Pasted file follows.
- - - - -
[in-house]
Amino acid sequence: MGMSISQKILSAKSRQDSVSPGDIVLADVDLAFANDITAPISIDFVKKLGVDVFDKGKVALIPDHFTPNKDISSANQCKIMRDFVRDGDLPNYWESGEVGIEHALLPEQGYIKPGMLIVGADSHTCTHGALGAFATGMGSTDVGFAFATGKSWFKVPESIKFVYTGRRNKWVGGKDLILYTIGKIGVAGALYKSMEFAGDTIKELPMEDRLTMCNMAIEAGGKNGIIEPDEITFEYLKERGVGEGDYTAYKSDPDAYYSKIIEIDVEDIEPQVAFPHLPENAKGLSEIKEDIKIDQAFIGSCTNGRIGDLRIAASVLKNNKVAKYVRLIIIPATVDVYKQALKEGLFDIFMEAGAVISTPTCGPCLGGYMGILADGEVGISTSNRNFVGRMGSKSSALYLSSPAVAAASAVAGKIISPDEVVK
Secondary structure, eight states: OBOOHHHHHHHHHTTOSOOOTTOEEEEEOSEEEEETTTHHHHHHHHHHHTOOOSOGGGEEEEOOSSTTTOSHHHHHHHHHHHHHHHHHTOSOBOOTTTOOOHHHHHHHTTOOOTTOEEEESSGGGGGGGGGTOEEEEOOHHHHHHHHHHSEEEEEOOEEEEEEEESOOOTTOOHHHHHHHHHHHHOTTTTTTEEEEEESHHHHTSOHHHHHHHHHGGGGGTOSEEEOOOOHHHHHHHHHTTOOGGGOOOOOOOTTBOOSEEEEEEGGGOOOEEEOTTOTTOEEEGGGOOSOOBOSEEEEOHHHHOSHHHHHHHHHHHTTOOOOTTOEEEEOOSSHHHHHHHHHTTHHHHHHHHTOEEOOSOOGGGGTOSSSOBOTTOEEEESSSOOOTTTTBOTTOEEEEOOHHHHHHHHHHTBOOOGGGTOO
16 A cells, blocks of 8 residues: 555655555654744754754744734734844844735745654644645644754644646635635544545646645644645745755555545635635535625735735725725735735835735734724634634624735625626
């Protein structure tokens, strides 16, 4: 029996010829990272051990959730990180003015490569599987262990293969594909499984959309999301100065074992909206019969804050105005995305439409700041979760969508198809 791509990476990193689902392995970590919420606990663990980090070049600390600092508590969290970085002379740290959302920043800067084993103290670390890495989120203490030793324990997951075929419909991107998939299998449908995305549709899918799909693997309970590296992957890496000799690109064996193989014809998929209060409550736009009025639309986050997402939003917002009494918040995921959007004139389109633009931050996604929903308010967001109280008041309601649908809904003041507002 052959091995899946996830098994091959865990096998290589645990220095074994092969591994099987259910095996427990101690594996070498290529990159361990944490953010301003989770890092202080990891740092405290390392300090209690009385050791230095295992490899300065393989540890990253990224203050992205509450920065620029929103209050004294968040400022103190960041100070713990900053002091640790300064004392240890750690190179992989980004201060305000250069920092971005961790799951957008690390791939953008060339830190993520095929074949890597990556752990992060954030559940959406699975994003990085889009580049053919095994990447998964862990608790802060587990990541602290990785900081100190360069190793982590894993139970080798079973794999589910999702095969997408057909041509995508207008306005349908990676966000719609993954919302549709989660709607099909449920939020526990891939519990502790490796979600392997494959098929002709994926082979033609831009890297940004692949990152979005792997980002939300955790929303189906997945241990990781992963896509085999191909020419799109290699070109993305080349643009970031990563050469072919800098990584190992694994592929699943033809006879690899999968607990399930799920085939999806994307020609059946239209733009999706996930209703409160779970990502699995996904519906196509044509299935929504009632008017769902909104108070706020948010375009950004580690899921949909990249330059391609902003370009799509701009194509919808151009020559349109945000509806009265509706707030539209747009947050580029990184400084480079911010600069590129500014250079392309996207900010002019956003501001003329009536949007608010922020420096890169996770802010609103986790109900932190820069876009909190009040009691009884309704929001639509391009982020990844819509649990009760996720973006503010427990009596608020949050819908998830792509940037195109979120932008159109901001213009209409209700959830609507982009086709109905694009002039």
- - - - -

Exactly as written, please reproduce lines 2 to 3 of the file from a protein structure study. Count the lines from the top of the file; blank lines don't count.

Amino acid sequence: MGMSISQKILSAKSRQDSVSPGDIVLADVDLAFANDITAPISIDFVKKLGVDVFDKGKVALIPDHFTPNKDISSANQCKIMRDFVRDGDLPNYWESGEVGIEHALLPEQGYIKPGMLIVGADSHTCTHGALGAFATGMGSTDVGFAFATGKSWFKVPESIKFVYTGRRNKWVGGKDLILYTIGKIGVAGALYKSMEFAGDTIKELPMEDRLTMCNMAIEAGGKNGIIEPDEITFEYLKERGVGEGDYTAYKSDPDAYYSKIIEIDVEDIEPQVAFPHLPENAKGLSEIKEDIKIDQAFIGSCTNGRIGDLRIAASVLKNNKVAKYVRLIIIPATVDVYKQALKEGLFDIFMEAGAVISTPTCGPCLGGYMGILADGEVGISTSNRNFVGRMGSKSSALYLSSPAVAAASAVAGKIISPDEVVK
Secondary structure, eight states: OBOOHHHHHHHHHTTOSOOOTTOEEEEEOSEEEEETTTHHHHHHHHHHHTOOOSOGGGEEEEOOSSTTTOSHHHHHHHHHHHHHHHHHTOSOBOOTTTOOOHHHHHHHTTOOOTTOEEEESSGGGGGGGGGTOEEEEOOHHHHHHHHHHSEEEEEOOEEEEEEEESOOOTTOOHHHHHHHHHHHHOTTTTTTEEEEEESHHHHTSOHHHHHHHHHGGGGGTOSEEEOOOOHHHHHHHHHTTOOGGGOOOOOOOTTBOOSEEEEEEGGGOOOEEEOTTOTTOEEEGGGOOSOOBOSEEEEOHHHHOSHHHHHHHHHHHTTOOOOTTOEEEEOOSSHHHHHHHHHTTHHHHHHHHTOEEOOSOOGGGGTOSSSOBOTTOEEEESSSOOOTTTTBOTTOEEEEOOHHHHHHHHHHTBOOOGGGTOO